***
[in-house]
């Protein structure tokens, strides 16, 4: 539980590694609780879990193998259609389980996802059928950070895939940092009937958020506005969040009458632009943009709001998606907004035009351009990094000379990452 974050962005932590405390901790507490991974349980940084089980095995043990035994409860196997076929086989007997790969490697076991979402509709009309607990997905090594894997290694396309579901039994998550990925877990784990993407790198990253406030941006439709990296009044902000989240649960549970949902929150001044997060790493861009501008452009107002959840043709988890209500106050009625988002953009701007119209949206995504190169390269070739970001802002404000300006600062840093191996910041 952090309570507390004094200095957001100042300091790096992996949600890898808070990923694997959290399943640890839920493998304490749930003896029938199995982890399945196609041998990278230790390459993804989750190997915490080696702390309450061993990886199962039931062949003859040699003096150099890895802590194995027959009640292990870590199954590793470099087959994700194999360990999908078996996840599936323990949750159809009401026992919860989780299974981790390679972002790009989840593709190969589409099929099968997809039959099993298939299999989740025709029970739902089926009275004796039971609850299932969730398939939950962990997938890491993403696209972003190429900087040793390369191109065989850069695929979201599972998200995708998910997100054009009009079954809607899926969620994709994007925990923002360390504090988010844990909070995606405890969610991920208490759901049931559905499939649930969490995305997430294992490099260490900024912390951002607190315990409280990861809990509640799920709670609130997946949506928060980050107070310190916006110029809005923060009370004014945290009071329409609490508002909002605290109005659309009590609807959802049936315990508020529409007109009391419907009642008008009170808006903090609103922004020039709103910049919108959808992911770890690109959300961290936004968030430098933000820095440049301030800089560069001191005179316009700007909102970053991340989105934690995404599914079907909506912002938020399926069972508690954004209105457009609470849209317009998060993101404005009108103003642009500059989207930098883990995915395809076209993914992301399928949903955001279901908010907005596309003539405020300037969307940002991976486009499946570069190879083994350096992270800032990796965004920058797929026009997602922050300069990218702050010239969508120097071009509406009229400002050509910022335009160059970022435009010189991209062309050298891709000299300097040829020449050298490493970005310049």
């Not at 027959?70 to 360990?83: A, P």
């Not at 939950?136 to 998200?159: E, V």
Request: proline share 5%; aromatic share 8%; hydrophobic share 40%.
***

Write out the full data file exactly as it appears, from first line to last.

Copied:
[in-house]
């Protein structure tokens, strides 16, 4: 539980590694609780879990193998259609389980996802059928950070895939940092009937958020506005969040009458632009943009709001998606907004035009351009990094000379990452 974050962005932590405390901790507490991974349980940084089980095995043990035994409860196997076929086989007997790969490697076991979402509709009309607990997905090594894997290694396309579901039994998550990925877990784990993407790198990253406030941006439709990296009044902000989240649960549970949902929150001044997060790493861009501008452009107002959840043709988890209500106050009625988002953009701007119209949206995504190169390269070739970001802002404000300006600062840093191996910041 952090309570507390004094200095957001100042300091790096992996949600890898808070990923694997959290399943640890839920493998304490749930003896029938199995982890399945196609041998990278230790390459993804989750190997915490080696702390309450061993990886199962039931062949003859040699003096150099890895802590194995027959009640292990870590199954590793470099087959994700194999360990999908078996996840599936323990949750159809009401026992919860989780299974981790390679972002790009989840593709190969589409099929099968997809039959099993298939299999989740025709029970739902089926009275004796039971609850299932969730398939939950962990997938890491993403696209972003190429900087040793390369191109065989850069695929979201599972998200995708998910997100054009009009079954809607899926969620994709994007925990923002360390504090988010844990909070995606405890969610991920208490759901049931559905499939649930969490995305997430294992490099260490900024912390951002607190315990409280990861809990509640799920709670609130997946949506928060980050107070310190916006110029809005923060009370004014945290009071329409609490508002909002605290109005659309009590609807959802049936315990508020529409007109009391419907009642008008009170808006903090609103922004020039709103910049919108959808992911770890690109959300961290936004968030430098933000820095440049301030800089560069001191005179316009700007909102970053991340989105934690995404599914079907909506912002938020399926069972508690954004209105457009609470849209317009998060993101404005009108103003642009500059989207930098883990995915395809076209993914992301399928949903955001279901908010907005596309003539405020300037969307940002991976486009499946570069190879083994350096992270800032990796965004920058797929026009997602922050300069990218702050010239969508120097071009509406009229400002050509910022335009160059970022435009010189991209062309050298891709000299300097040829020449050298490493970005310049």
């Not at 027959?70 to 360990?83: A, P």
């Not at 939950?136 to 998200?159: E, V």
Request: proline share 5%; aromatic share 8%; hydrophobic share 40%.